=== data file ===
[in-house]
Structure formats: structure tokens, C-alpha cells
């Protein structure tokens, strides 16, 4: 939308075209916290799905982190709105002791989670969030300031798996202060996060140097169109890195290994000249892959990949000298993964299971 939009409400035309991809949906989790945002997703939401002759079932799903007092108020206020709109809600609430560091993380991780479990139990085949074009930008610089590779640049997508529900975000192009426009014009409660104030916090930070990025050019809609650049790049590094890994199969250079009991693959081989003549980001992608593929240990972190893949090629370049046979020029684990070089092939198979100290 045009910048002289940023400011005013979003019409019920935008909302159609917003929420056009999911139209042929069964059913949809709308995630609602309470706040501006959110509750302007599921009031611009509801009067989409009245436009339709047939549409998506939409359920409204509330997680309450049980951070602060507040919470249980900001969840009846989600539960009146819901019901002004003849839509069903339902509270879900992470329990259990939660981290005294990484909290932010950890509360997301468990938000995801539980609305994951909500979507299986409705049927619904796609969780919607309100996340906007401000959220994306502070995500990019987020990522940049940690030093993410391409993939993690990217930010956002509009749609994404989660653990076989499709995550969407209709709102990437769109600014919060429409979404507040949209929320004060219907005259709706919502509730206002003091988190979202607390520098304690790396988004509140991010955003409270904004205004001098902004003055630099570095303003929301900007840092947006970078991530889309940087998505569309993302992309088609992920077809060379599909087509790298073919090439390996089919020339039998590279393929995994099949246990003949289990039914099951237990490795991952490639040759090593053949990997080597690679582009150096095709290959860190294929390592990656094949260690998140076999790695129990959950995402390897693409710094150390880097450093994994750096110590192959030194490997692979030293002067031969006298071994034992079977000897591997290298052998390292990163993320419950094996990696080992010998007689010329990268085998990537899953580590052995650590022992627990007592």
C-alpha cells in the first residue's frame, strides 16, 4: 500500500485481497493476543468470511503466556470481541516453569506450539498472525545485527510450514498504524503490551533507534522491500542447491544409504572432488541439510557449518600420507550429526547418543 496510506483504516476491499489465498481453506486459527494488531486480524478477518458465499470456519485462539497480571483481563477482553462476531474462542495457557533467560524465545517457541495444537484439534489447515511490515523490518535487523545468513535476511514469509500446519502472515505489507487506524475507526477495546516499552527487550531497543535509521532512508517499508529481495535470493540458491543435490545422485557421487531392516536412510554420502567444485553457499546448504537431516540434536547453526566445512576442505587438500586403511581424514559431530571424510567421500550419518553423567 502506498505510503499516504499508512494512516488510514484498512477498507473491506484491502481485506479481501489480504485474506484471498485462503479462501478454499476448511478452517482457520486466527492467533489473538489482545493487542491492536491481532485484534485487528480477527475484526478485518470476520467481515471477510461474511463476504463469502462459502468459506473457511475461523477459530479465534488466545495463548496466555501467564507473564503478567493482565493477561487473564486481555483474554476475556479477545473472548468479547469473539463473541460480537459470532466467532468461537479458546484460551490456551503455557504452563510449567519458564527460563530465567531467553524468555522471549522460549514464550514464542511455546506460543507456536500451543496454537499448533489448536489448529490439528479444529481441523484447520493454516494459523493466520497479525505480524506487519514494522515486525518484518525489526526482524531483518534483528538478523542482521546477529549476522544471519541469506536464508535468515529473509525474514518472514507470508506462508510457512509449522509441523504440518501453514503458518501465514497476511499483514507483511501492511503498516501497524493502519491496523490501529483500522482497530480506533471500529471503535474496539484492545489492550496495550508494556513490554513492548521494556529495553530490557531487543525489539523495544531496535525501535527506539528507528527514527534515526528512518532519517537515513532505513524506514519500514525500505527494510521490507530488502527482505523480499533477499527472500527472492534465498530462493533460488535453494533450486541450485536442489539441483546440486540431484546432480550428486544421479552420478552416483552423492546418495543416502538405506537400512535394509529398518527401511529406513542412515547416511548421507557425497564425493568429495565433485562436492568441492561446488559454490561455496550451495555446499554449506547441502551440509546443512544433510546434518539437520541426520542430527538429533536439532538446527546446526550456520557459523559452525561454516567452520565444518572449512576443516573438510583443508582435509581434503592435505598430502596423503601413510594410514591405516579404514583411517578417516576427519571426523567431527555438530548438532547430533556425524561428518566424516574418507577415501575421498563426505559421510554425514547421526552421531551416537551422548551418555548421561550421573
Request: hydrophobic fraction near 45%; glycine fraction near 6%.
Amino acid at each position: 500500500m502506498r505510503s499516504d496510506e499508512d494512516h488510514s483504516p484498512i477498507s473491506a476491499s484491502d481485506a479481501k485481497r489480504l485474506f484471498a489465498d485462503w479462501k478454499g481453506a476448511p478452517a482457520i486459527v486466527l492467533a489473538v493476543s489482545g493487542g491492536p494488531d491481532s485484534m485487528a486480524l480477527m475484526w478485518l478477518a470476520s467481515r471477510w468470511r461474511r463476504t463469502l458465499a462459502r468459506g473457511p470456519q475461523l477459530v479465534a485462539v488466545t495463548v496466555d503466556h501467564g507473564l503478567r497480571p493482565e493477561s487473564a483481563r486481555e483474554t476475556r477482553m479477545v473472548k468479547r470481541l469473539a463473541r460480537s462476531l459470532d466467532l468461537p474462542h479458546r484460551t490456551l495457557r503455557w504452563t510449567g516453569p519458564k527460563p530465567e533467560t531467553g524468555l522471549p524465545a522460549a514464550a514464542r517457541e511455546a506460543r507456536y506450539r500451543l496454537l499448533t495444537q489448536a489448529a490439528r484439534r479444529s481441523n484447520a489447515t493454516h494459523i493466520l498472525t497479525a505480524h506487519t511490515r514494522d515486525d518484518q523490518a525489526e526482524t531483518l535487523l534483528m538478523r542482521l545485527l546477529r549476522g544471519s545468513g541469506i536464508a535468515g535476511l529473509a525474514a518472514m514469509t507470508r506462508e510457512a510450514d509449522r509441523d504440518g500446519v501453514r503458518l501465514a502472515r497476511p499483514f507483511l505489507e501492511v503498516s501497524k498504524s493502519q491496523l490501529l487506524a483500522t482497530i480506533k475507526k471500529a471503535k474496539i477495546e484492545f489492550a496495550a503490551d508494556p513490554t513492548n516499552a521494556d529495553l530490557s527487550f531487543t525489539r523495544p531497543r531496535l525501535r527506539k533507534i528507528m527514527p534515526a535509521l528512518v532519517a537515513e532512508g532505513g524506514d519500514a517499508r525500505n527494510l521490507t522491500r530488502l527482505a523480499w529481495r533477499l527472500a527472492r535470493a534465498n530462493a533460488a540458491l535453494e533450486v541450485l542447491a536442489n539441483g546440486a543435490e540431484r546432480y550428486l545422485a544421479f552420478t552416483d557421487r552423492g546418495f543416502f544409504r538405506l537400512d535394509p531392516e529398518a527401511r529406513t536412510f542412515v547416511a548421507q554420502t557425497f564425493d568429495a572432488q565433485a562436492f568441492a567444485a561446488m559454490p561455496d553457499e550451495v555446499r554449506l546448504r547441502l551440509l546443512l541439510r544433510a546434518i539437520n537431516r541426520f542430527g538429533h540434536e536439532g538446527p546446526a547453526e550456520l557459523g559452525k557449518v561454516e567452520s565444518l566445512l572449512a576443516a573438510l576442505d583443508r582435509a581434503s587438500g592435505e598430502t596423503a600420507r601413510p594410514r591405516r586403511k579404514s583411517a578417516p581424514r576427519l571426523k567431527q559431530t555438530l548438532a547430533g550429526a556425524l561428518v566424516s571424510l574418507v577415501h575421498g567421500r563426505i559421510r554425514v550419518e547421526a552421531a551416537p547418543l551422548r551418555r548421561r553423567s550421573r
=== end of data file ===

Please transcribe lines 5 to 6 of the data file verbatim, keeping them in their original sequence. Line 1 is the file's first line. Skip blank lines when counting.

Request: hydrophobic fraction near 45%; glycine fraction near 6%.
Amino acid at each position: 500500500m502506498r505510503s499516504d496510506e499508512d494512516h488510514s483504516p484498512i477498507s473491506a476491499s484491502d481485506a479481501k485481497r489480504l485474506f484471498a489465498d485462503w479462501k478454499g481453506a476448511p478452517a482457520i486459527v486466527l492467533a489473538v493476543s489482545g493487542g491492536p494488531d491481532s485484534m485487528a486480524l480477527m475484526w478485518l478477518a470476520s467481515r471477510w468470511r461474511r463476504t463469502l458465499a462459502r468459506g473457511p470456519q475461523l477459530v479465534a485462539v488466545t495463548v496466555d503466556h501467564g507473564l503478567r497480571p493482565e493477561s487473564a483481563r486481555e483474554t476475556r477482553m479477545v473472548k468479547r470481541l469473539a463473541r460480537s462476531l459470532d466467532l468461537p474462542h479458546r484460551t490456551l495457557r503455557w504452563t510449567g516453569p519458564k527460563p530465567e533467560t531467553g524468555l522471549p524465545a522460549a514464550a514464542r517457541e511455546a506460543r507456536y506450539r500451543l496454537l499448533t495444537q489448536a489448529a490439528r484439534r479444529s481441523n484447520a489447515t493454516h494459523i493466520l498472525t497479525a505480524h506487519t511490515r514494522d515486525d518484518q523490518a525489526e526482524t531483518l535487523l534483528m538478523r542482521l545485527l546477529r549476522g544471519s545468513g541469506i536464508a535468515g535476511l529473509a525474514a518472514m514469509t507470508r506462508e510457512a510450514d509449522r509441523d504440518g500446519v501453514r503458518l501465514a502472515r497476511p499483514f507483511l505489507e501492511v503498516s501497524k498504524s493502519q491496523l490501529l487506524a483500522t482497530i480506533k475507526k471500529a471503535k474496539i477495546e484492545f489492550a496495550a503490551d508494556p513490554t513492548n516499552a521494556d529495553l530490557s527487550f531487543t525489539r523495544p531497543r531496535l525501535r527506539k533507534i528507528m527514527p534515526a535509521l528512518v532519517a537515513e532512508g532505513g524506514d519500514a517499508r525500505n527494510l521490507t522491500r530488502l527482505a523480499w529481495r533477499l527472500a527472492r535470493a534465498n530462493a533460488a540458491l535453494e533450486v541450485l542447491a536442489n539441483g546440486a543435490e540431484r546432480y550428486l545422485a544421479f552420478t552416483d557421487r552423492g546418495f543416502f544409504r538405506l537400512d535394509p531392516e529398518a527401511r529406513t536412510f542412515v547416511a548421507q554420502t557425497f564425493d568429495a572432488q565433485a562436492f568441492a567444485a561446488m559454490p561455496d553457499e550451495v555446499r554449506l546448504r547441502l551440509l546443512l541439510r544433510a546434518i539437520n537431516r541426520f542430527g538429533h540434536e536439532g538446527p546446526a547453526e550456520l557459523g559452525k557449518v561454516e567452520s565444518l566445512l572449512a576443516a573438510l576442505d583443508r582435509a581434503s587438500g592435505e598430502t596423503a600420507r601413510p594410514r591405516r586403511k579404514s583411517a578417516p581424514r576427519l571426523k567431527q559431530t555438530l548438532a547430533g550429526a556425524l561428518v566424516s571424510l574418507v577415501h575421498g567421500r563426505i559421510r554425514v550419518e547421526a552421531a551416537p547418543l551422548r551418555r548421561r553423567s550421573r